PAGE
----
The Mayor’s Office and Build Baton Rouge have big plans for the future of Plank Road

Can you imagine Plank Road with lively green parks, a shiny new bus rapid transit system, and affordable retail spaces and housing? Looking at its blighted buildings and empty, overgrown lots, it may be difficult to envision a future for this neglected corridor. But for the Mayor’s Office and Build Baton Rouge, the vision is clear.

This year, the city is laying the groundwork to transform it into a bustling, economically thriving neighborhood.

“This is a journey that we’re on,” Mayor Sharon Weston Broome says. “The disinvestment did not take place overnight. … But the good news is, we have a plan.”

Since taking office in 2017, Broome has prioritized restoring underserved areas of Baton Rouge, including Plank Road, the Choctaw corridor, Northdale, Melrose East, Scotlandville Gateway, Zion City and Glen Oaks.

As part of those efforts, she partnered with Build Baton Rouge (formerly the East Baton Rouge Redevelopment Authority) on the project. The organization saw Plank Road as one of the most unsafe, dysfunctional and unattractive parts of town—an area in need of vast improvements. But they weren’t going to lose hope on it.

Build Baton Rouge plans to spearhead a food hub of local culinary businesses, multiple parks and green spaces, a mixed-use civic center, a Build Baton Rouge office space shared with YWCA, mixed-income housing and a bus rapid transit system.

“People go down Plank Road and see things that they wish they didn’t see,” says Christopher Tyson, chief executive officer of Build Baton Rouge. “We have to do better than that. We have to roll up our sleeves and get to work. Plank Road is as much a part of Baton Rouge as is Bluebonnet.”


Plank Road wasn’t always an eyesore. Before the ’80s, it was a developing commercial corridor with notable destinations like the Delmont Village Shopping Center and historic Regina Theatre. In 1972, Tony Pizzolato opened Tony’s Seafood Market in an abandoned service station and put that block on the map.

“Plank Road has been around for generations,” Broome says. “It’s a part of the fabric of the Baton Rouge community.”

Throughout the ’80s and ’90s, new neighborhoods were sprouting up in south Baton Rouge. White and middle-class families moved to suburban areas, leaving poor and black families in north Baton Rouge. As more attention went to areas south of Florida Boulevard, north Baton Rouge steadily declined.

But the story doesn’t end there. Build Baton Rouge believes Plank Road can return to being the hub it once was—and this time even better.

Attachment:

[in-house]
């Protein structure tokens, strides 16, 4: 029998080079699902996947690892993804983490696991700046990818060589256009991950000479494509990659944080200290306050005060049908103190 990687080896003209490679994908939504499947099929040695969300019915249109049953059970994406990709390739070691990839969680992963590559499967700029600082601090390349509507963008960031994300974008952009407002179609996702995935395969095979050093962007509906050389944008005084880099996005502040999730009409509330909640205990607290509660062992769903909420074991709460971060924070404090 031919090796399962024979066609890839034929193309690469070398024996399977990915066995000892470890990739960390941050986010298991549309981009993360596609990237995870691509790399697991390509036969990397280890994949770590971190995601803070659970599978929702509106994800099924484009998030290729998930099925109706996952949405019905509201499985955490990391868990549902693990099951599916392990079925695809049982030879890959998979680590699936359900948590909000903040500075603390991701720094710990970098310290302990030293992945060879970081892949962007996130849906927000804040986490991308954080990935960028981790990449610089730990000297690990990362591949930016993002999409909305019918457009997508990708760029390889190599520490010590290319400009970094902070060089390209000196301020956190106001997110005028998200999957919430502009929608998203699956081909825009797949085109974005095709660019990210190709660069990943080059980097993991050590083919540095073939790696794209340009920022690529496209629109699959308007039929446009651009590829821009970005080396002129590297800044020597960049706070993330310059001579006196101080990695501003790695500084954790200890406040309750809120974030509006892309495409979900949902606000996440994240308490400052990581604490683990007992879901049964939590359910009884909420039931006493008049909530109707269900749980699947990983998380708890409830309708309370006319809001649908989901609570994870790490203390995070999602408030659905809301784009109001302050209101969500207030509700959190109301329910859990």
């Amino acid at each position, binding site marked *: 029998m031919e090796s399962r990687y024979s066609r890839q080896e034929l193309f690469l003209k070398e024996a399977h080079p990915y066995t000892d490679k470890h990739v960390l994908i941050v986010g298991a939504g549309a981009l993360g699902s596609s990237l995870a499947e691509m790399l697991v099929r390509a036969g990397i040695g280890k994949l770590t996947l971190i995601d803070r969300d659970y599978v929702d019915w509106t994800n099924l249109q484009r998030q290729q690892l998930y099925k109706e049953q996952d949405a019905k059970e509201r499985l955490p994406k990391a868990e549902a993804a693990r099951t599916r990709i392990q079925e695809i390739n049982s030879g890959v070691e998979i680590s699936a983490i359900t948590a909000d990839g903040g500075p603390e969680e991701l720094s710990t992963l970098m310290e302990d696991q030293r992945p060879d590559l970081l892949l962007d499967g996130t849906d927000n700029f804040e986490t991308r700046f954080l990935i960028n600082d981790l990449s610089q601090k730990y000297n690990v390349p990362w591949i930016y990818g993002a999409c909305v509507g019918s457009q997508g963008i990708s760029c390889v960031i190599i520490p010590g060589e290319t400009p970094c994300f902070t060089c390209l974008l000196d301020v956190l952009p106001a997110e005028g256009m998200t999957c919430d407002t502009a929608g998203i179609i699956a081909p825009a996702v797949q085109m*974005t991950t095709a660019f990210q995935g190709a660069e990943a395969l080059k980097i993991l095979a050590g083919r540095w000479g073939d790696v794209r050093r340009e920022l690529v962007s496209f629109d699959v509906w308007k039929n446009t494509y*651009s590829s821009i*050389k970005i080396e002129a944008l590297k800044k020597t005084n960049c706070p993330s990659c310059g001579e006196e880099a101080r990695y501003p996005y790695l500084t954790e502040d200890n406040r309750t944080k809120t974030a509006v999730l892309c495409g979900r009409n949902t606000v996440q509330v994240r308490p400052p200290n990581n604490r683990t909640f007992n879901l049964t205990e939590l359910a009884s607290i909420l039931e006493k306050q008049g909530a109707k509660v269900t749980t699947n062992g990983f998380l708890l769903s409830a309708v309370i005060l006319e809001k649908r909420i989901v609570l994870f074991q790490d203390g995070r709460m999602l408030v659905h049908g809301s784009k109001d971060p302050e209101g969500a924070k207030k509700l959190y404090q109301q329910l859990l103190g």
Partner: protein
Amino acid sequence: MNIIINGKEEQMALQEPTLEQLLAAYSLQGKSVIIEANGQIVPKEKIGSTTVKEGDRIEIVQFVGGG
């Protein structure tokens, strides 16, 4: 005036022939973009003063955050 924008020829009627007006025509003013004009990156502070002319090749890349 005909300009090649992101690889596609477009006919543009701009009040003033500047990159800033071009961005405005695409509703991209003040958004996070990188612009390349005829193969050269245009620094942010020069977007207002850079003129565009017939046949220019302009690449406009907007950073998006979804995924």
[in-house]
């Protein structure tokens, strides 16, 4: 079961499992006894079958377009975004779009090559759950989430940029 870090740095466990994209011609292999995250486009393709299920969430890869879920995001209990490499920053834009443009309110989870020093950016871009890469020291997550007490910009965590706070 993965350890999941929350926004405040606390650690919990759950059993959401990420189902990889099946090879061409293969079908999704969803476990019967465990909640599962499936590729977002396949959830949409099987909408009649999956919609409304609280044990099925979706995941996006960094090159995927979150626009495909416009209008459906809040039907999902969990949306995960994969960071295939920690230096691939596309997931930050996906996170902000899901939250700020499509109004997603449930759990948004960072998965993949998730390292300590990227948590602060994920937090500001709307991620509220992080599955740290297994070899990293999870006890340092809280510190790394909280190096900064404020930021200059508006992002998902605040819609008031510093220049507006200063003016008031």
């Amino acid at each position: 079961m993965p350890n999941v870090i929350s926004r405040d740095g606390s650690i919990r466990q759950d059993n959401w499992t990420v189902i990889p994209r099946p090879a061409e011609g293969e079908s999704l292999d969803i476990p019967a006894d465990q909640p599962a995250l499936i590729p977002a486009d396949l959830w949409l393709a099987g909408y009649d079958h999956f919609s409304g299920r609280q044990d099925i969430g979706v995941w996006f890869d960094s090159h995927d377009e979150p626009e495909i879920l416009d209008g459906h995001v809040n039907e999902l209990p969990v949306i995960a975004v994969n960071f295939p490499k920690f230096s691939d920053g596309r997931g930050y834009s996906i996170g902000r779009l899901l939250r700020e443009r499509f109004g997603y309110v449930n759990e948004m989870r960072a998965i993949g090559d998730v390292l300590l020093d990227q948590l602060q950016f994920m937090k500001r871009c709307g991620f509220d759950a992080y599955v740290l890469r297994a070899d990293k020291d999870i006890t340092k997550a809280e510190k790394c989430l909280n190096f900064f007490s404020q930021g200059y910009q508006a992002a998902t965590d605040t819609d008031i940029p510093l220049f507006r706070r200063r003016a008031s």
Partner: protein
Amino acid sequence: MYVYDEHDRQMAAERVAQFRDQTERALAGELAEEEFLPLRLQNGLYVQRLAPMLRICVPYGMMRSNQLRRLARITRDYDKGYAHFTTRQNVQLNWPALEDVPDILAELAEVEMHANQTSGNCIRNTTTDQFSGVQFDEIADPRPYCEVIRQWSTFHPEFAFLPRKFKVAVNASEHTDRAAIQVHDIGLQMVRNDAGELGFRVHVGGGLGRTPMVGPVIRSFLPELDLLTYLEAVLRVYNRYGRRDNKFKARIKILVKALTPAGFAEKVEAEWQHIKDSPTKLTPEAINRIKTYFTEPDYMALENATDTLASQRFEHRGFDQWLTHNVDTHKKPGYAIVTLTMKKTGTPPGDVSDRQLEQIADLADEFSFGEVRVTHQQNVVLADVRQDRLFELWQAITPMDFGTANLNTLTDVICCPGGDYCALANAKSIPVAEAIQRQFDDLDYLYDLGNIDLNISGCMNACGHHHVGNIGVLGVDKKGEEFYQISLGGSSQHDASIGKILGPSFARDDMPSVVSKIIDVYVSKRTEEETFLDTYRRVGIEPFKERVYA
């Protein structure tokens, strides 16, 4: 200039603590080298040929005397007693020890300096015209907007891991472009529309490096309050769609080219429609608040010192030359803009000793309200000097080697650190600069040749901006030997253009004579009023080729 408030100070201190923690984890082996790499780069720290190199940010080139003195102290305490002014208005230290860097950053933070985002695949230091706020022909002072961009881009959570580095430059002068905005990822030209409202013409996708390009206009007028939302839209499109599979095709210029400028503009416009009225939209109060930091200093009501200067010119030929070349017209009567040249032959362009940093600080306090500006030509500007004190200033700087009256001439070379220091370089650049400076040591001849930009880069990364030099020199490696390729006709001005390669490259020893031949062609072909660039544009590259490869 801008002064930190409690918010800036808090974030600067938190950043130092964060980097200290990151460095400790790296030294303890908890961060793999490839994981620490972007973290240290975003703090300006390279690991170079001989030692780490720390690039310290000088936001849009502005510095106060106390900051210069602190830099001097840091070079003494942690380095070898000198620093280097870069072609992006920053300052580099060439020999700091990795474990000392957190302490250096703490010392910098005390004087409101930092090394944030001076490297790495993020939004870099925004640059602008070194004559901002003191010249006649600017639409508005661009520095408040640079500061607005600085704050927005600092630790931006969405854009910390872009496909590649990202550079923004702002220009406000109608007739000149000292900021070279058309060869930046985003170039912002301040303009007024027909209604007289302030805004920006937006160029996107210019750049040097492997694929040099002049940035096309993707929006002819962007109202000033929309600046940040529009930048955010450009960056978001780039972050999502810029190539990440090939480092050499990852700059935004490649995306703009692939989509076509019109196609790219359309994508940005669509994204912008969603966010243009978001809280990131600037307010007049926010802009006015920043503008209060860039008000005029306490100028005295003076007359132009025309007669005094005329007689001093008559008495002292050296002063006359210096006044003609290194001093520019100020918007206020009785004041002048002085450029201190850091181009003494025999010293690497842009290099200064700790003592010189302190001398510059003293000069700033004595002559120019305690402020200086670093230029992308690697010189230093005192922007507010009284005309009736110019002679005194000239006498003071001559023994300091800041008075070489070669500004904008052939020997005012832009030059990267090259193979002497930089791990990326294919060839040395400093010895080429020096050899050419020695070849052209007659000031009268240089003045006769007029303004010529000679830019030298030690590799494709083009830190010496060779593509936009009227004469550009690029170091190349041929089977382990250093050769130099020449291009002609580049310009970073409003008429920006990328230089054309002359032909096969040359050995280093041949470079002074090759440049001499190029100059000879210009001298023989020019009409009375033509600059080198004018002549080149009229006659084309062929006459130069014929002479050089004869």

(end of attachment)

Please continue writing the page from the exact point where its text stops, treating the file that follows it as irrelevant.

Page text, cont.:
During a year-long planning process, organizers canvassed the Plank Road corridor (between 22nd Street and the Harding Boulevard-Hooper Road intersection) to assess the needs of the community. They received input from residents and businesses through surveys, events and an ambassador team. Some of the events included a trolley tour in early 2019 called “Walk the Plank,” a food truck roundup featuring local vendors, and a street festival held in conjunction with The Walls Project.

“We want to make sure that the people who live and do business there are pleased with the outcome, feel that they’ve been heard and that they do indeed belong,” Tyson says.

After hearing from the community, Build Baton Rouge developed the Plank Road master plan. The plan attempts to address transportation needs, improve the business climate, provide cultural opportunities and more.

With the help of federal grants, organizers hired Asakura Robinson, a New Orleans planning firm that served as the lead on the master plan.

To eliminate blight, Build Baton Rouge has been acquiring vacant properties to add to its land bank in an effort to secure potential sites for development. The properties they purchase will be used for redevelopment or made available to community partners who apply through the organization’s website.

In November 2019, Baton Rouge was awarded a $15 million U.S. Department of Transportation grant to implement Louisiana’s first bus rapid transit system, which ensures any development along Plank Road has a transit-friendly focus in mind.

Bus rapid transit is a fast, cost-effective bus service with frequent stops and reliable service and amenities. The system will bring specialized vehicles, well-lit stations and raised boarding platforms to the corridor.

The stretch of Plank Road near Mohican Street has several historic buildings in need of repair. It also needs improved sidewalks for pedestrians and cyclists.


While the project has already made some strides, redevelopment of Plank Road is still in the beginning stages.

Throughout 2020, most of the work will be happening behind the scenes. The development team is entering its design phase for the future pocket park, mixed-use spaces along the corridor and logistics of the bus rapid transit system.

Nevertheless, it’s the beginning of a new chapter for Plank Road, and the future looks promising.

“There’s not a square inch of Baton Rouge that is disposable,” Tyson says. “Every part of this community deserves the best of our resources, planning, creativity and dedication.” buildbatonrouge.org 


1. Strengthen Plank Road’s role as a place for black art and culture.

2. Empower north Baton Rouge residents to participate in commerce and jobs.

3. Protect and grow community wealth, especially as Plank Road receives public and private investments.

4. Connect more people to opportunity through better public transportation.

5. Advance community health, safety and resilience.

This article was originally published in the April 2020 issue of 225 Magazine.